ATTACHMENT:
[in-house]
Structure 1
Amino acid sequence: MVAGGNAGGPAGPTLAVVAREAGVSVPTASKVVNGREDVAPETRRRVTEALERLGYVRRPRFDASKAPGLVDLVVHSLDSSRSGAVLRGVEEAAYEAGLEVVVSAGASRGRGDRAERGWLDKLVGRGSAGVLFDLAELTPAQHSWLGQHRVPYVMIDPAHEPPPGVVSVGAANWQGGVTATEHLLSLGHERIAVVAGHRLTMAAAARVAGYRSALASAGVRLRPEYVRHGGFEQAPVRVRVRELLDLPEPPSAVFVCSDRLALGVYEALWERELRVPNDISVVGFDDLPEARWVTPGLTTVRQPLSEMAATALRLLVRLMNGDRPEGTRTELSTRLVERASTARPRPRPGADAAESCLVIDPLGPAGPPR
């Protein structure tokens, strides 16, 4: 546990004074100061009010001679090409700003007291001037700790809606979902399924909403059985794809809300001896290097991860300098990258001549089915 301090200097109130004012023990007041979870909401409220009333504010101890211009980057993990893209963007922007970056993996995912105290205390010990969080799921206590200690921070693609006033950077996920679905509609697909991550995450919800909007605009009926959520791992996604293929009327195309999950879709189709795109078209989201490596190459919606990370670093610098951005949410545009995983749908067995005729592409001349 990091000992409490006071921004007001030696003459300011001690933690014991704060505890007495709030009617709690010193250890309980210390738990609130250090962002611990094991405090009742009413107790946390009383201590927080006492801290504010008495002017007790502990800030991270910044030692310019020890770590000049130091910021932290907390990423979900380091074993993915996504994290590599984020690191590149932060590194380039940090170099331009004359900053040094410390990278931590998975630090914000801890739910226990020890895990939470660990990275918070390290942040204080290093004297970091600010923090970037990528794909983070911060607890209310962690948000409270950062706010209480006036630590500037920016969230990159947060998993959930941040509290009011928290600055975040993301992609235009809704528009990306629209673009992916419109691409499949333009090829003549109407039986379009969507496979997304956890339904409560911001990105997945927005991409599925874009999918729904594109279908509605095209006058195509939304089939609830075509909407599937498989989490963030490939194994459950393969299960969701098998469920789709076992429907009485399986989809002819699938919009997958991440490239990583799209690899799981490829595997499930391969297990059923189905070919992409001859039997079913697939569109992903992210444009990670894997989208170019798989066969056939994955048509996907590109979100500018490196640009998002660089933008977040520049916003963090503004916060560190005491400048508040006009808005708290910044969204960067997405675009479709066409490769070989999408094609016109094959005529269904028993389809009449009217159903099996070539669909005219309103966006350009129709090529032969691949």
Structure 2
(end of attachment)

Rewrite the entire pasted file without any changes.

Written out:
[in-house]
Structure 1
Amino acid sequence: MVAGGNAGGPAGPTLAVVAREAGVSVPTASKVVNGREDVAPETRRRVTEALERLGYVRRPRFDASKAPGLVDLVVHSLDSSRSGAVLRGVEEAAYEAGLEVVVSAGASRGRGDRAERGWLDKLVGRGSAGVLFDLAELTPAQHSWLGQHRVPYVMIDPAHEPPPGVVSVGAANWQGGVTATEHLLSLGHERIAVVAGHRLTMAAAARVAGYRSALASAGVRLRPEYVRHGGFEQAPVRVRVRELLDLPEPPSAVFVCSDRLALGVYEALWERELRVPNDISVVGFDDLPEARWVTPGLTTVRQPLSEMAATALRLLVRLMNGDRPEGTRTELSTRLVERASTARPRPRPGADAAESCLVIDPLGPAGPPR
């Protein structure tokens, strides 16, 4: 546990004074100061009010001679090409700003007291001037700790809606979902399924909403059985794809809300001896290097991860300098990258001549089915 301090200097109130004012023990007041979870909401409220009333504010101890211009980057993990893209963007922007970056993996995912105290205390010990969080799921206590200690921070693609006033950077996920679905509609697909991550995450919800909007605009009926959520791992996604293929009327195309999950879709189709795109078209989201490596190459919606990370670093610098951005949410545009995983749908067995005729592409001349 990091000992409490006071921004007001030696003459300011001690933690014991704060505890007495709030009617709690010193250890309980210390738990609130250090962002611990094991405090009742009413107790946390009383201590927080006492801290504010008495002017007790502990800030991270910044030692310019020890770590000049130091910021932290907390990423979900380091074993993915996504994290590599984020690191590149932060590194380039940090170099331009004359900053040094410390990278931590998975630090914000801890739910226990020890895990939470660990990275918070390290942040204080290093004297970091600010923090970037990528794909983070911060607890209310962690948000409270950062706010209480006036630590500037920016969230990159947060998993959930941040509290009011928290600055975040993301992609235009809704528009990306629209673009992916419109691409499949333009090829003549109407039986379009969507496979997304956890339904409560911001990105997945927005991409599925874009999918729904594109279908509605095209006058195509939304089939609830075509909407599937498989989490963030490939194994459950393969299960969701098998469920789709076992429907009485399986989809002819699938919009997958991440490239990583799209690899799981490829595997499930391969297990059923189905070919992409001859039997079913697939569109992903992210444009990670894997989208170019798989066969056939994955048509996907590109979100500018490196640009998002660089933008977040520049916003963090503004916060560190005491400048508040006009808005708290910044969204960067997405675009479709066409490769070989999408094609016109094959005529269904028993389809009449009217159903099996070539669909005219309103966006350009129709090529032969691949």
Structure 2